Australia’s public libraries are far more than just a place to go to read and borrow books. A shining example of what libraries can offer their community is Casey Cardinia Libraries (CCL) in Melbourne’s South East. CCL is one of Victoria’s largest public library services with eight locations and a mobile library that travels around the Cardinia Shire local government area.
CCL’s flagship location is Bunjil Place Library, a stunning three-level, multiple award-winning library that sets a new benchmark for public libraries in Australia. “It’s not just a library, it’s a shared living room,” explains Daniel Lewis, CCL’s General Manager, Digital Operations. Through its library services and facilities, CCL provides its 135,000 active members (who make more than 1.4 million visits annually) with access to free WiFi, computers, low-cost printing services, meeting spaces, literacy and education programs, and activities and events for both adults and children – in addition to books, CDs, DVDs, audiobooks, magazines and digital resources.
CCL had been operating with a traditional hub and spoke telephony system, with physical hardware on site. The whole system failed if the main branch went down. “We had high operating and maintenance costs, very little transparency on what was happening across the system, we had to use another piece of technology for traffic shaping, and we had no remote access to fix or update anything,” said Lewis.
The library had deployed Microsoft Office 365 and Teams and was using this technology extensively throughout the organisation. With users on these cloud-based applications, CCL staff had a lot more flexibility to access what they needed wherever they were or whatever they were doing – however, their phones did not move with them. “We’d either have to transfer calls to that person’s mobile or take a message,” said Lewis.
RingCentral’s ability to integrate with multiple applications, including Microsoft Teams, and ‘follow the user’ was a distinct advantage when CCL evaluated some alternate cloud communications systems to replace their out-of-contract telephony environment. “We didn’t want our staff to suffer from an ‘app-ocalypse’ and have to learn another new system. Now, they can continue to use Microsoft Teams as the front end for all calls,” said Lewis.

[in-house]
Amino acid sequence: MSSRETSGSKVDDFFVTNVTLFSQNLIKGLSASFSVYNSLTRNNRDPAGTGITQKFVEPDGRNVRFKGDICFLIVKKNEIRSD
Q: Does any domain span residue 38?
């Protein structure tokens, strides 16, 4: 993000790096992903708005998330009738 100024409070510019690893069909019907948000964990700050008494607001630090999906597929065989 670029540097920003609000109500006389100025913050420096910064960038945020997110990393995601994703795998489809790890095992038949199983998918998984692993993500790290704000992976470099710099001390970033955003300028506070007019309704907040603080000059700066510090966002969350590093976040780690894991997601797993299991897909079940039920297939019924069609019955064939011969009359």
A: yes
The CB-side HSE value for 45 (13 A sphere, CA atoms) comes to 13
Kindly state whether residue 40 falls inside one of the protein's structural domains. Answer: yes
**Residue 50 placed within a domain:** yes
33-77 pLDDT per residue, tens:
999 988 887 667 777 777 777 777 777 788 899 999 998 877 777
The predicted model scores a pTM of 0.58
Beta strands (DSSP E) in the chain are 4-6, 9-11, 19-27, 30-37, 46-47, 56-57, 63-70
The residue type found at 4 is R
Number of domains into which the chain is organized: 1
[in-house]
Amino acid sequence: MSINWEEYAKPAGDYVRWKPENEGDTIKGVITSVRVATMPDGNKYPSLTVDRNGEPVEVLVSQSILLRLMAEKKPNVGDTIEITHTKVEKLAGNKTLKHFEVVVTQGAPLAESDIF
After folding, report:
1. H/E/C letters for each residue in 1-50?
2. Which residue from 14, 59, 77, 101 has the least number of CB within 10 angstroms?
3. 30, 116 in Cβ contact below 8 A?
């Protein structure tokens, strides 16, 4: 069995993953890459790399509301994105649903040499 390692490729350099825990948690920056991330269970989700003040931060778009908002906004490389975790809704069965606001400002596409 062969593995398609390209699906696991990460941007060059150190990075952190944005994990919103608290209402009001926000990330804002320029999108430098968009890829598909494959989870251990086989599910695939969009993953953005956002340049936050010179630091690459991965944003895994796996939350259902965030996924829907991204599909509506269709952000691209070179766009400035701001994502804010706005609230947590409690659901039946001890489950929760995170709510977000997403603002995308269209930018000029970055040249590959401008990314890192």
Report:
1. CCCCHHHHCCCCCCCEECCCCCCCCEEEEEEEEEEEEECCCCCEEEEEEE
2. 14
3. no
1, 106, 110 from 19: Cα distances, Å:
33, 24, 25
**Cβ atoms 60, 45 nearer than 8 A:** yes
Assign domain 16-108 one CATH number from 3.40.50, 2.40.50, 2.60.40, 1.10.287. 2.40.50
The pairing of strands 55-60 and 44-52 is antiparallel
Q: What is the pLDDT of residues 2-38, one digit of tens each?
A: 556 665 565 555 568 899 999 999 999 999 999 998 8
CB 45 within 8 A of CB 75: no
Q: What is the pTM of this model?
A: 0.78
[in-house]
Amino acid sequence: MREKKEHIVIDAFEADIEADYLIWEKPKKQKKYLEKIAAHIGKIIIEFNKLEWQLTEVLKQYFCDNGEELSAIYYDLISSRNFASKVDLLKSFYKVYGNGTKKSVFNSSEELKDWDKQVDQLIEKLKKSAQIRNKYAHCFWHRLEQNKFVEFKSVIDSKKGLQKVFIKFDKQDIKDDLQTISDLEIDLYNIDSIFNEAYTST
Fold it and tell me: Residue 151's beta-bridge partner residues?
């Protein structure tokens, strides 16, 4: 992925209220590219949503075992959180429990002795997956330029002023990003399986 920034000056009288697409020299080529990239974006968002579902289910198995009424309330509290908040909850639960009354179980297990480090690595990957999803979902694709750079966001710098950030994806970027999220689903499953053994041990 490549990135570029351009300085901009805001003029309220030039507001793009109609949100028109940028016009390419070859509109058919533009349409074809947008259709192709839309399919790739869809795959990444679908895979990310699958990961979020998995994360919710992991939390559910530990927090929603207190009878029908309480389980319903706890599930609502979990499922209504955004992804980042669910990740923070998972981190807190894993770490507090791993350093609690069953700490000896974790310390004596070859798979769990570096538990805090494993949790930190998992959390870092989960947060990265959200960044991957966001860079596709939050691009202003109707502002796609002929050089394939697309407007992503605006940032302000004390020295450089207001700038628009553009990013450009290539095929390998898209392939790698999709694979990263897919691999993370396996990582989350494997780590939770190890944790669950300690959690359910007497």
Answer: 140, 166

RingCentral and CCL also developed the concept of the ‘public phone booth’, which will give library members access to a private, comfortable space with a computer and RingCentral softphone if kids need to call their parents to pick them up or members need to spend some time dealing with government services like Centrelink or the Department of Human Services.
The rollout of the phone booths had to be put on hold during COVID-19, which also dramatically changed CCL’s overall operations. Fortunately, the RingCentral deployment had just been completed over January and February 2020, which allowed for a very smooth transition for the library’s staff to work from home, with limited staff in each of CCL’s physical facilities.
To make sure the community still had access to a range of services including CCL’s digital library, deliveries of books and DVDs, and the opportunity to borrow a PC, laptop or tablet, CCL moved quickly to institute a centralised 1800 number and online ordering system. To support this change, CCL now has between 30-40 staff operating as a call centre, with around 70 staff trained up to use the RingCentral system. RingCentral Live Reports is giving CCL real-time dashboards on all inbound and outbound calls received through the call centre.
The new system went live at the end of March, and CCL had over 1700 inbound calls in April, which has since climbed and stabilised to more than 3500 in June, with an average of 300 daily requests being received via the website.
Lewis and his team have also developed an innovative, Netflix-style ordering and delivery service, where members have the option to request a “Binge Bag”, CCL staff pick a collection of items on their behalf, based on the customers borrowing interests and prepare their “Binge Bag” for delivery. The service is completely free thanks to community sponsors and a generous agreement with Australia Post, with CCL delivering (since late March) at least 12,000 ‘binge bags’ of books weighing in at more than 40,000kg.
To help visualise how heavy that is, Lewis says that it is “more than 1580 wombats.”